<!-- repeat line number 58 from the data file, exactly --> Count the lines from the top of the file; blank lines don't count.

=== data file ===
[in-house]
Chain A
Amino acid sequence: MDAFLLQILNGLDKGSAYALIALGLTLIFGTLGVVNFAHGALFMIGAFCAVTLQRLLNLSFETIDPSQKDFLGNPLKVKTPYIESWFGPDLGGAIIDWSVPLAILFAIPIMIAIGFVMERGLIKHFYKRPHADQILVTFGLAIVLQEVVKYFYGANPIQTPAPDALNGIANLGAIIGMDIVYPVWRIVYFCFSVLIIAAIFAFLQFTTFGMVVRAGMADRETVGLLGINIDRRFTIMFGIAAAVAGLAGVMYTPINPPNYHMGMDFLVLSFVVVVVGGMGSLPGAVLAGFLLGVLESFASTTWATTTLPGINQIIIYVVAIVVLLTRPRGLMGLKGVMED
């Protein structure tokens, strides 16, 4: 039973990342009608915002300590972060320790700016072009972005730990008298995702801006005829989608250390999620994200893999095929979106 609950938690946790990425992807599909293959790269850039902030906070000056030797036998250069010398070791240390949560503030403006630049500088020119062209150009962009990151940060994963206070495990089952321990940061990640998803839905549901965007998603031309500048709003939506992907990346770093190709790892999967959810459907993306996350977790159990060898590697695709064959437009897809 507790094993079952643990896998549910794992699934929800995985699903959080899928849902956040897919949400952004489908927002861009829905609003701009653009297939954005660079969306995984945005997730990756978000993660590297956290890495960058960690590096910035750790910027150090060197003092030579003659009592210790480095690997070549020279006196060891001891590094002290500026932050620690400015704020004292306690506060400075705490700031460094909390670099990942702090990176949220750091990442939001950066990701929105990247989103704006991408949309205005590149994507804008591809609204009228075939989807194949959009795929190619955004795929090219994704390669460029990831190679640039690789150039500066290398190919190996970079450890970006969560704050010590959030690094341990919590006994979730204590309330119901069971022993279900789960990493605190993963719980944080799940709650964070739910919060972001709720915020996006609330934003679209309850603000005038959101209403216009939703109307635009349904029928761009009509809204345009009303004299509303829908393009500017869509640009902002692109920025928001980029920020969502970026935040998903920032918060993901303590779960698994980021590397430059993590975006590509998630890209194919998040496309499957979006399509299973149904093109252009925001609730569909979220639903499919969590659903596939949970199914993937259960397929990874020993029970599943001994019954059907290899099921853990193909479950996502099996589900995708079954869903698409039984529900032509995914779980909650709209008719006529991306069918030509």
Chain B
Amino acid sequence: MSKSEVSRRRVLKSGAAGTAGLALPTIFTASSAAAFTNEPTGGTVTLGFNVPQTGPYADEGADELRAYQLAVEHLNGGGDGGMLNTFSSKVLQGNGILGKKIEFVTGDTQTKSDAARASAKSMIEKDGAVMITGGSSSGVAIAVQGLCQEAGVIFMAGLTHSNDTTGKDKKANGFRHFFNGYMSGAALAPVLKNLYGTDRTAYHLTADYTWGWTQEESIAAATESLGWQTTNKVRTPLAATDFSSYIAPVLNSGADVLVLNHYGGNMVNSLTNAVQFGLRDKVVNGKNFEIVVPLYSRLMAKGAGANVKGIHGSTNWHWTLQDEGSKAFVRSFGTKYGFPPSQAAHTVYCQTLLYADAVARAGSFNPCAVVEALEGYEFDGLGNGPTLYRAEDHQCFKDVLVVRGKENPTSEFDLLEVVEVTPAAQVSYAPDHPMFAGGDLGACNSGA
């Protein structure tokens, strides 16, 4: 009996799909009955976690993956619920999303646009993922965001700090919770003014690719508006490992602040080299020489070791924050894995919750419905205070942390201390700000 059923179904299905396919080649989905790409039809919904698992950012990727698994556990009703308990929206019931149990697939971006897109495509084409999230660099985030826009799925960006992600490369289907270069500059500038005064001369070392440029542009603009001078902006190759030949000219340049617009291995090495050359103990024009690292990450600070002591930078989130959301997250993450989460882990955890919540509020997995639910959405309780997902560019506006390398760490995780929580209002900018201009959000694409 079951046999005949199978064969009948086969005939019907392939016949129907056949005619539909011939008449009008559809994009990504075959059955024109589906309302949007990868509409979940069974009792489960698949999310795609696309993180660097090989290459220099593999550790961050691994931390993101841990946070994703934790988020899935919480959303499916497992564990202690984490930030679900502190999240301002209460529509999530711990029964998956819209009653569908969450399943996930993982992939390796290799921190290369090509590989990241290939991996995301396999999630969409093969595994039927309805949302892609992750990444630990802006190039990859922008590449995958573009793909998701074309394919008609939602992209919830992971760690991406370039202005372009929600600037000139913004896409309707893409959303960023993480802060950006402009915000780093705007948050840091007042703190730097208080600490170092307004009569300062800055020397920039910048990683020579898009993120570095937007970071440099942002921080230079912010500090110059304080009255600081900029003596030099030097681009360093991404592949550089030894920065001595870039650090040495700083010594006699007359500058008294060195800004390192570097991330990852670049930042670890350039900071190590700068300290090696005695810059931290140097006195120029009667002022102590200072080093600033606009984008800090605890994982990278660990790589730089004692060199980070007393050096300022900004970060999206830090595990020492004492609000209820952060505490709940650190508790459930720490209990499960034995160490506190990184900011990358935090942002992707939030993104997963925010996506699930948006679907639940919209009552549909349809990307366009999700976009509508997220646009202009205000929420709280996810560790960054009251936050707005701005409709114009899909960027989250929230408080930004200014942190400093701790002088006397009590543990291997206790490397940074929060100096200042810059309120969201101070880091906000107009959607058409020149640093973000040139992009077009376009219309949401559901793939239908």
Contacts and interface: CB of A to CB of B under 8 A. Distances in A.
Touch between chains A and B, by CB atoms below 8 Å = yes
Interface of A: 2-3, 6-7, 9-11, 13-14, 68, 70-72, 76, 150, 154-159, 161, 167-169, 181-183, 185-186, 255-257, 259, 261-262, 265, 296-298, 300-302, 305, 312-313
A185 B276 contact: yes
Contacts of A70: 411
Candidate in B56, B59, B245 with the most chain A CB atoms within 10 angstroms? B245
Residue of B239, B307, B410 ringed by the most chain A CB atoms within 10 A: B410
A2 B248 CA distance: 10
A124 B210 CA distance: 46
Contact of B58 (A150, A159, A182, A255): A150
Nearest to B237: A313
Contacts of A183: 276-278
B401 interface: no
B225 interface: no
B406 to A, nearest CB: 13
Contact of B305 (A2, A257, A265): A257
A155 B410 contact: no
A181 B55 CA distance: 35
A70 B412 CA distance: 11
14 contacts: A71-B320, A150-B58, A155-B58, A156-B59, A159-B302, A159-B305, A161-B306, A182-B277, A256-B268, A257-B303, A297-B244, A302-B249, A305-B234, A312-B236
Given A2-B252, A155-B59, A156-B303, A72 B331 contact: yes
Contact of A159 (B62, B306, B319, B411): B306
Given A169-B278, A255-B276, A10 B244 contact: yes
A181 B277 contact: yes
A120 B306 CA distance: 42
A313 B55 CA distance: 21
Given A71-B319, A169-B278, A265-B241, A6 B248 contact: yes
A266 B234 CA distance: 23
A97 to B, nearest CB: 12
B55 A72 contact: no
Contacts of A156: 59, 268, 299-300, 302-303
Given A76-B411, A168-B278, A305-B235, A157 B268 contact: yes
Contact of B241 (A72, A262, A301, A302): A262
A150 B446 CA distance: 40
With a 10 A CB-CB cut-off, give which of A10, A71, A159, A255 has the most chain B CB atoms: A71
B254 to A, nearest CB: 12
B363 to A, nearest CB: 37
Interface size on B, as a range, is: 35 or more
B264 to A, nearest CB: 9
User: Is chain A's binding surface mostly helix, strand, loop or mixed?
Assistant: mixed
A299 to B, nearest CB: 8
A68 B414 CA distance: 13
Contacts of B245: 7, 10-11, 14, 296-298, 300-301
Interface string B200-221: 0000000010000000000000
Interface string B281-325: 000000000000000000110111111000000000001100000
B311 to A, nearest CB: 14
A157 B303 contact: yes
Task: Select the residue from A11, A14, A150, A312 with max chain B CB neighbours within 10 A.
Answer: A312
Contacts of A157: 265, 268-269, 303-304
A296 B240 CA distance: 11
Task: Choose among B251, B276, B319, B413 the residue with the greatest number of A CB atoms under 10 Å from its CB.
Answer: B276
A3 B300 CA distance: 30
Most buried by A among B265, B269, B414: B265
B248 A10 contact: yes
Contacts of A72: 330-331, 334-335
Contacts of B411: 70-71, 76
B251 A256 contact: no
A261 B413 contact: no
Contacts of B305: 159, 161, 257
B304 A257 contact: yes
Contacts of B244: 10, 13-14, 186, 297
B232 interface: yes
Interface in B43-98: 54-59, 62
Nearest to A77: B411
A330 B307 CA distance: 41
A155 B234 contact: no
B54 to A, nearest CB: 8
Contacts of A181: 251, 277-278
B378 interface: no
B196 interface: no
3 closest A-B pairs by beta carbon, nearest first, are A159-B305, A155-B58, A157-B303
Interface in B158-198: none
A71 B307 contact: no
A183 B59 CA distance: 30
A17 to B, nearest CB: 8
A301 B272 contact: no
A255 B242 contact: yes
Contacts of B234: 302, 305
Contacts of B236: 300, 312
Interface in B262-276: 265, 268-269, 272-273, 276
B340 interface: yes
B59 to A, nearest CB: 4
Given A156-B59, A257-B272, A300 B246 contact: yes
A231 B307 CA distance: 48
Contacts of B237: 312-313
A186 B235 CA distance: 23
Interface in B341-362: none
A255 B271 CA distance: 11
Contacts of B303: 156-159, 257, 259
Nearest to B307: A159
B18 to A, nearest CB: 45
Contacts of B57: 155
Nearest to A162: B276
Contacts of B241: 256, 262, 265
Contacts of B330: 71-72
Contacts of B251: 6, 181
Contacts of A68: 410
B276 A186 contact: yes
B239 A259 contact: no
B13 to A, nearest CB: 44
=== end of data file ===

Contacts of A157: 265, 268-269, 303-304